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Thread: Welsh and DF21

  1. #1
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    Welsh and DF21

    So, according to a member here, whom seems much more knowledgeable about these things and I, my Y line matches closest to some Irish surnames such as Sullivan, Driscoll and McCarthy. I see some of these matches at 25 markers when I look on FTDNA, but at 67 markers I get matches with surnames of Baty, Griffith and Reece, semingly Welsh.

    Now I know that there was some settling of the Irish into Wales, would that be the reason for these matches at 67 markers?

    I was generously given matches of the aforementioned Irish names on an Exel sheet; with matches of low 20s for genetic distances and apparently the DF21 Scottish clusters into genetic distance of 30s, I believe this is for 111 markers.

    How does this translate when it comes FTDNA matches of 6 and 7 at 67 markers? Am I closer to Welsh or Irish looking at these two pieces of information.

    It has been very difficult for me to connect my dots for all of my ancestors came to the States from Northern Germany or Scandinavia.


    As always, thank you for any help.

    Christian Wright (Reith)
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    L21+, P312+, DF13+, DF21+, FGC3213+, Z246-, L876-, DF41-, L144-, L159-, L193-, P314-, P66-, U106-, L226-, L96-, M222-, M37-

  2. #2
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    I noticed your Reece and Griffith matches a long time ago, but did not talk about them on any public forum because they are your private information. Now that you have brought them up, though, we're free to discuss them.

    Reece (Rhys is the Welsh original, probably from ap Rhys, "son of Rhys") is 6 away from you at 67 markers, Baty is also 6 away, and Griffith is 7 away. Those are pretty close.

    Reece and Griffith are definitely Welsh surnames. Baty is supposed to be of Scottish and northern English derivation, as far as I can tell. One source says that surname comes from Yorkshire and from Carlisle in Cumbria. Of course, the latter is one of the places where the British held out the longest against the Anglo-Saxons.

    You have a couple of more Reeces who appear at 37 markers and who have only tested to 37 markers; they would probably hold up at 67 markers, as well.

    Your Irish neighbor (O'Sullivan) is two away at 25 markers. Since he has 111 markers tested but disappears from your radar at 37 markers, I think you can safely dismiss that one.

    Your three closest matches, Baty, Griffith, and Reece, are Welsh, in the case of Griffith and Reece, and, in the case of Baty, possibly Cumbrian, which is really just the northern version of Welsh (Cumbria has the same root as Cymru, i.e., "Wales").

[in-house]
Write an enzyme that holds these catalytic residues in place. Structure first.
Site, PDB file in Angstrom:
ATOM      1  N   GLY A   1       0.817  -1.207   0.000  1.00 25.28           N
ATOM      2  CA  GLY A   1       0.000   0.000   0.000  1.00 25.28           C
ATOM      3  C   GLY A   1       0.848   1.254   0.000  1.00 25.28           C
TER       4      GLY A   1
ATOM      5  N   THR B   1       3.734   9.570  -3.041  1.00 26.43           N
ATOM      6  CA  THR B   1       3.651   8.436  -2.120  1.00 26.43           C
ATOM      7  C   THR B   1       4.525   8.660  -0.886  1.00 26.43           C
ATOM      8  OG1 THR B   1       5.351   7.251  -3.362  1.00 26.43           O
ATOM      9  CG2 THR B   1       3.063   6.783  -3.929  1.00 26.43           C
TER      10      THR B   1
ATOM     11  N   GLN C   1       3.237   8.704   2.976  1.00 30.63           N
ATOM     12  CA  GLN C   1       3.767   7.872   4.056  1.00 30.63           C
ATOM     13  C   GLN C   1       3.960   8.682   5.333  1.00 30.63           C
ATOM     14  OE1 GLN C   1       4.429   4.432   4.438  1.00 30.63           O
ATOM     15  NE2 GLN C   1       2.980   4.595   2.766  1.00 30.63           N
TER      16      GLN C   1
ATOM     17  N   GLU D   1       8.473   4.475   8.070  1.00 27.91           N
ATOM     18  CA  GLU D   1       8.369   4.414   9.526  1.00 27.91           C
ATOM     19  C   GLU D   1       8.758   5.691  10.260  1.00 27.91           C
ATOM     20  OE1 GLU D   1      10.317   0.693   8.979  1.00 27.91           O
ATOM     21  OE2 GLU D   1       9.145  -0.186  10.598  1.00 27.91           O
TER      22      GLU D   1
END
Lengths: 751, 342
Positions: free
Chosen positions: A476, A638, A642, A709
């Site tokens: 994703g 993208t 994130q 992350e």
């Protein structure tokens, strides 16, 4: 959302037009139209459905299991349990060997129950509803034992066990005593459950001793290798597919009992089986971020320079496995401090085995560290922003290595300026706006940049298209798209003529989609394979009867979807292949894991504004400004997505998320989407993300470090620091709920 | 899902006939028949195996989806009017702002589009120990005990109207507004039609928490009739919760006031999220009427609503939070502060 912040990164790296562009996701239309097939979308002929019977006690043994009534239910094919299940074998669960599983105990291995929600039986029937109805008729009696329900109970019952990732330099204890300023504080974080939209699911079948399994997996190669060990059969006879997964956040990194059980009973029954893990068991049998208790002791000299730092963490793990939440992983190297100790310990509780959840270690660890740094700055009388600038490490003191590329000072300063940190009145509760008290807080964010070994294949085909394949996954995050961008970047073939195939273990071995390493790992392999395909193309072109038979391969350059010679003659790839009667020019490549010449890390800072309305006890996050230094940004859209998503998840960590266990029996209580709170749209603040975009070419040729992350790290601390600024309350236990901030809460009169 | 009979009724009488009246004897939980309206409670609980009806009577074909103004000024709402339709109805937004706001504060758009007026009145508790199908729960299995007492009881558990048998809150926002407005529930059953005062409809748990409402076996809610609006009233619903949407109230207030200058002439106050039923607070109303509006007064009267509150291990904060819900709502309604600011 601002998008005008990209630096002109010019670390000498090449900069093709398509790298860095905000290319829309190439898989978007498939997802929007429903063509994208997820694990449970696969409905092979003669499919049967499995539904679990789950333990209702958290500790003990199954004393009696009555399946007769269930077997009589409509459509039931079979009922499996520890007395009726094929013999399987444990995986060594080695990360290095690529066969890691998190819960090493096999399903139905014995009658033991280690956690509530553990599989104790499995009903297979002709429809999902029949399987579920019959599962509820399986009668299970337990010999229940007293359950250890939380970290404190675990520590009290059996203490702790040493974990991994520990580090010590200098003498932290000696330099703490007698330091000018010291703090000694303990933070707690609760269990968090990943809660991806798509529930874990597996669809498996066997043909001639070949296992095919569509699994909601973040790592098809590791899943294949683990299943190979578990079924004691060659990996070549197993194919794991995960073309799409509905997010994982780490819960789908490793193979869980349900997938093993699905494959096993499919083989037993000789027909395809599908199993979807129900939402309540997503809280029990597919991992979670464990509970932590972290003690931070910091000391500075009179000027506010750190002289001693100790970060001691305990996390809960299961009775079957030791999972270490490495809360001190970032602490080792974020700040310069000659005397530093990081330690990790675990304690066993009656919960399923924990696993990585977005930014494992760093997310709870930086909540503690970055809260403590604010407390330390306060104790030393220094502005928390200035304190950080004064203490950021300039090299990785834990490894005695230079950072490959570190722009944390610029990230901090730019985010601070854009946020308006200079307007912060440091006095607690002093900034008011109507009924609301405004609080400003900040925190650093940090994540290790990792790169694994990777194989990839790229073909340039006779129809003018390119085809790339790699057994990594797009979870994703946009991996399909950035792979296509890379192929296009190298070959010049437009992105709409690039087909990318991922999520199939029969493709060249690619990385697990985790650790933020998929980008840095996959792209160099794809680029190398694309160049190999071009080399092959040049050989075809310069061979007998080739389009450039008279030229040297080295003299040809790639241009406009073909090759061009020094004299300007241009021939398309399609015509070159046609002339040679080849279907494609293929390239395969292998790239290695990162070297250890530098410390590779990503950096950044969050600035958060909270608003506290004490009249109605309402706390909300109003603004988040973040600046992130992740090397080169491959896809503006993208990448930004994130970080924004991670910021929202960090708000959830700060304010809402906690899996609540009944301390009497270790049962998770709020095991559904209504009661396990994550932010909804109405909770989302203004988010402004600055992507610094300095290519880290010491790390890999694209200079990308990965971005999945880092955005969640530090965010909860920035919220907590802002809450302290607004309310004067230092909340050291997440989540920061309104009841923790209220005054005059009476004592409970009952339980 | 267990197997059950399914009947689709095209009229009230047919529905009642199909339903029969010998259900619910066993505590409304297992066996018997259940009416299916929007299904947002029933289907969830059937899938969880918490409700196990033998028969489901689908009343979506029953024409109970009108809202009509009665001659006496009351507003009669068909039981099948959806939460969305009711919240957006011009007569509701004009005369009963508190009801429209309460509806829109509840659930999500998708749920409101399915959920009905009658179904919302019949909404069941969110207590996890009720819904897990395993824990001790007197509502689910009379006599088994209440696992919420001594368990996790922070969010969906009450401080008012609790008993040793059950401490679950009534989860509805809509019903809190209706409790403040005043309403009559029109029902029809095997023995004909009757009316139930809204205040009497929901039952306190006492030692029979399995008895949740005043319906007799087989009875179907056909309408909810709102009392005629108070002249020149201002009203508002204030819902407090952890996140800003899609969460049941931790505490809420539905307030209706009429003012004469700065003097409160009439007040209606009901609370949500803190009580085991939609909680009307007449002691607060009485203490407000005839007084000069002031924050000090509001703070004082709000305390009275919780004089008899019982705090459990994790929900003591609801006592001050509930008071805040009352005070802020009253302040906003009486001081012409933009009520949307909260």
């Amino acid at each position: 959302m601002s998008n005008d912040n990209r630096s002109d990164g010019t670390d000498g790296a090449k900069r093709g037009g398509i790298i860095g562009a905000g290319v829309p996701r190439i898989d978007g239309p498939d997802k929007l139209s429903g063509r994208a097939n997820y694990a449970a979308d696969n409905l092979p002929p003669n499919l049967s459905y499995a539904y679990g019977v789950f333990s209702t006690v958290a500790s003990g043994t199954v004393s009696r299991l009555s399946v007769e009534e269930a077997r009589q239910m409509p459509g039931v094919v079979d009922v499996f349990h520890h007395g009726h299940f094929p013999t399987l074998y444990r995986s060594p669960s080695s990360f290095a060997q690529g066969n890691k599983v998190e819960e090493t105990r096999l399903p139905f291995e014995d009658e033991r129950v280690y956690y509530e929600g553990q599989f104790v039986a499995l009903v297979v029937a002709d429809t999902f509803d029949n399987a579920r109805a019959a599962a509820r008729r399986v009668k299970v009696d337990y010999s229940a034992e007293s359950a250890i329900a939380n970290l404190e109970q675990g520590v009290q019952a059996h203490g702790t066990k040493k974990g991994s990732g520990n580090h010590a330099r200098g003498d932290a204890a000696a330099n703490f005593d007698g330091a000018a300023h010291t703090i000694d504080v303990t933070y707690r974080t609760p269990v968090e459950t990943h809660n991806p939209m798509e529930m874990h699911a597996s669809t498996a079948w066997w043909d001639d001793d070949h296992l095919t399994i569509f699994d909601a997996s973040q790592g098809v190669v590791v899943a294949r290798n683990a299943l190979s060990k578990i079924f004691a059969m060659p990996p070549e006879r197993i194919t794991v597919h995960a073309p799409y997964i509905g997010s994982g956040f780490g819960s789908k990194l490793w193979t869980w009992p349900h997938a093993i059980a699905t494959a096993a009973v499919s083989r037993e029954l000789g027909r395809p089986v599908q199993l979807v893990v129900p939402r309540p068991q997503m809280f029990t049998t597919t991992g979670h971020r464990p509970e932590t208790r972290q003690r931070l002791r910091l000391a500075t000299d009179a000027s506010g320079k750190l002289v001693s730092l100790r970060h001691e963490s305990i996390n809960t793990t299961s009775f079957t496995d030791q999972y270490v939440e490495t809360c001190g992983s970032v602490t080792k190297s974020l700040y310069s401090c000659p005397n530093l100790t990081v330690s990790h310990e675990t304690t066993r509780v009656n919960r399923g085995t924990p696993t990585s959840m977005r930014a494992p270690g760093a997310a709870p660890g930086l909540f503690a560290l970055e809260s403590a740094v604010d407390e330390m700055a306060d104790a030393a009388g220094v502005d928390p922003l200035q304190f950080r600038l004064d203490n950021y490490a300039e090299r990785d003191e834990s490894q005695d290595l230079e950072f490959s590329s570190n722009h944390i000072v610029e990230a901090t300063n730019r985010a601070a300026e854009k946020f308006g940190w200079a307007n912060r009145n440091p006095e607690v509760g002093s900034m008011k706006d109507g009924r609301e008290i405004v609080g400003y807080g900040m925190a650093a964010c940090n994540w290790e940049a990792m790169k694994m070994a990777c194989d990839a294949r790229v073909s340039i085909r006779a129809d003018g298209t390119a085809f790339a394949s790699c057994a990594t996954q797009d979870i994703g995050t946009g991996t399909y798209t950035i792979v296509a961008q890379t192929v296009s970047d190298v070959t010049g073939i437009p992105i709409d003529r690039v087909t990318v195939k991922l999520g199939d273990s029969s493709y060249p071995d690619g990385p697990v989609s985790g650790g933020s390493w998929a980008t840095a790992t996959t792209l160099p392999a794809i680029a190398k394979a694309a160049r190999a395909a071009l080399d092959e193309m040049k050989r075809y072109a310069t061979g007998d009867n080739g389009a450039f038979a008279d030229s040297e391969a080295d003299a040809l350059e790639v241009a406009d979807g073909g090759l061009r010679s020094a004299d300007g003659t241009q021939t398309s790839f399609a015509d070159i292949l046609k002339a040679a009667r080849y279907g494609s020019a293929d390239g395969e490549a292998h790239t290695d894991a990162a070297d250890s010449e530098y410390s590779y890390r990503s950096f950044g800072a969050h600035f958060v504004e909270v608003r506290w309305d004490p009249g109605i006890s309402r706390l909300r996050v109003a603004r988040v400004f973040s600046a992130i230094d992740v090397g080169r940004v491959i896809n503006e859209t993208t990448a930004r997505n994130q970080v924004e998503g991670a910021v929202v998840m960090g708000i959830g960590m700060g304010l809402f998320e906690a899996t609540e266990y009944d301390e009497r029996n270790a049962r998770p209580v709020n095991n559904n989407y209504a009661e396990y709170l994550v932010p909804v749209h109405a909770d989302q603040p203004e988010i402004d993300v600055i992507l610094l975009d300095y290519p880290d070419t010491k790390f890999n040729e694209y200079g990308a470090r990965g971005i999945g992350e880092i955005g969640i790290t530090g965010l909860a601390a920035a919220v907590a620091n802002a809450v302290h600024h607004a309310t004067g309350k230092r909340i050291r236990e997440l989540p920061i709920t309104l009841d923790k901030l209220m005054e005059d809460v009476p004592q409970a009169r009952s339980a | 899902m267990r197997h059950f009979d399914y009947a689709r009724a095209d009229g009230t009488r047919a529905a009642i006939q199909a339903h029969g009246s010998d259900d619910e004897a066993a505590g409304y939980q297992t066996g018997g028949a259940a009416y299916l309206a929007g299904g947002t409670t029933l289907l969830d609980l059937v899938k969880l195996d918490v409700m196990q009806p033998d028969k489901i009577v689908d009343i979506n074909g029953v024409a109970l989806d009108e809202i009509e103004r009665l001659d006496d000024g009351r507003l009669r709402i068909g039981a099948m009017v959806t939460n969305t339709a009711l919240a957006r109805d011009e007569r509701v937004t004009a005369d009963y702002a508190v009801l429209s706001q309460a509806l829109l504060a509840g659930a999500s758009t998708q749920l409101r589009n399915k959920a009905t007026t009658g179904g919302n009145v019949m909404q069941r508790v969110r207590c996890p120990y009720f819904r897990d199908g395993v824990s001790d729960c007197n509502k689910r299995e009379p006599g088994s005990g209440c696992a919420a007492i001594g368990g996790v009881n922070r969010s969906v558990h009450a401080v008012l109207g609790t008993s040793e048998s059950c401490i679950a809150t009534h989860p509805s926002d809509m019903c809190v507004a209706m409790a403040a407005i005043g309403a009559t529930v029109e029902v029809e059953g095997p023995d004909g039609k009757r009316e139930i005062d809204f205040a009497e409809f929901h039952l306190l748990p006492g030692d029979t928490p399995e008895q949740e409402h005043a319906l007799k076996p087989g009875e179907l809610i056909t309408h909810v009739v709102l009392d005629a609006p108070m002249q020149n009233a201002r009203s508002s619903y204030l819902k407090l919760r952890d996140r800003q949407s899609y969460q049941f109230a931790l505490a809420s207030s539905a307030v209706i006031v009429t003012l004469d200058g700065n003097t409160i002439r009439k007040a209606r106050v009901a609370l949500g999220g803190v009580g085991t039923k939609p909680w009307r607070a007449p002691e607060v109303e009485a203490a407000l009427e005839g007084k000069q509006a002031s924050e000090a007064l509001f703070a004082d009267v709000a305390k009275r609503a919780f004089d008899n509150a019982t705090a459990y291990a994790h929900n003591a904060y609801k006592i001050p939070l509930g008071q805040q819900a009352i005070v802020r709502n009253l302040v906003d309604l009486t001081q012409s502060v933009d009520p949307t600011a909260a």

So, it looks to me like your y-dna ancestry is British, by which I mean Briton.

    Griffith has 111 markers but does not show up as a 111-marker match for you. It would be interesting to see how Baty and the Reeces hold up at 111 markers if they would upgrade.

    BTW, I don't think there is anything particularly Irish about DF21, although it is common there. DF21 was probably widespread throughout the Isles. Recall the Hinxton Celt from about AD 1 who was DF25+. He was recovered from Cambridgeshire in what is now SE England.
     


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    Y-DNA: R1b-L21> DF13> Z39589> DF41> FGC5572> BY166> FGC36974> FGC36982> FGC36981

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    Red Hair Carrier:
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    Dad's mtDNA: K1a1

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  4. #3
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    Thank you my friend. I was just a little curious from what Oneillbabu said about the Irish matches, yet on FTDNA looked closer to Welsh/Briton.
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    Quote Originally Posted by rms2 View Post





    BTW, I don't think there is anything particularly Irish about DF21, although it is common there. DF21 was probably widespread throughout the Isles. Recall the Hinxton Celt from about AD 1 who was DF25+. He was recovered from Cambridgeshire in what is now SE England.
    Not particularly Irish, here is a quick breakdown of the 155 S5488 people currently in the DF21 project

    Irish 56%, Scottish 16%, Welsh 8%. English 4%, unknown and European 16%

    Irish and Scottish Gaels combined represent 72% and the Welsh and English combined represent 12%

    Were back to the tail wagging the dog I see!!!!!!!!!!!!!!!!!!!

  7. #5
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    Quote Originally Posted by Reith View Post
    So, according to a member here, whom seems much more knowledgeable about these things and I, my Y line matches closest to some Irish surnames such as Sullivan, Driscoll and McCarthy. I see some of these matches at 25 markers when I look on FTDNA, but at 67 markers I get matches with surnames of Baty, Griffith and Reece, semingly Welsh.

    Now I know that there was some settling of the Irish into Wales, would that be the reason for these matches at 67 markers?

    I was generously given matches of the aforementioned Irish names on an Exel sheet; with matches of low 20s for genetic distances and apparently the DF21 Scottish clusters into genetic distance of 30s, I believe this is for 111 markers.

    How does this translate when it comes FTDNA matches of 6 and 7 at 67 markers? Am I closer to Welsh or Irish looking at these two pieces of information.

    It has been very difficult for me to connect my dots for all of my ancestors came to the States from Northern Germany or Scandinavia.


    As always, thank you for any help.

    Christian Wright (Reith)
    What you need to realise is that unless these people are confirmed DF21+ then these matches are probably just convergence. Here is my list of matches at 67 markers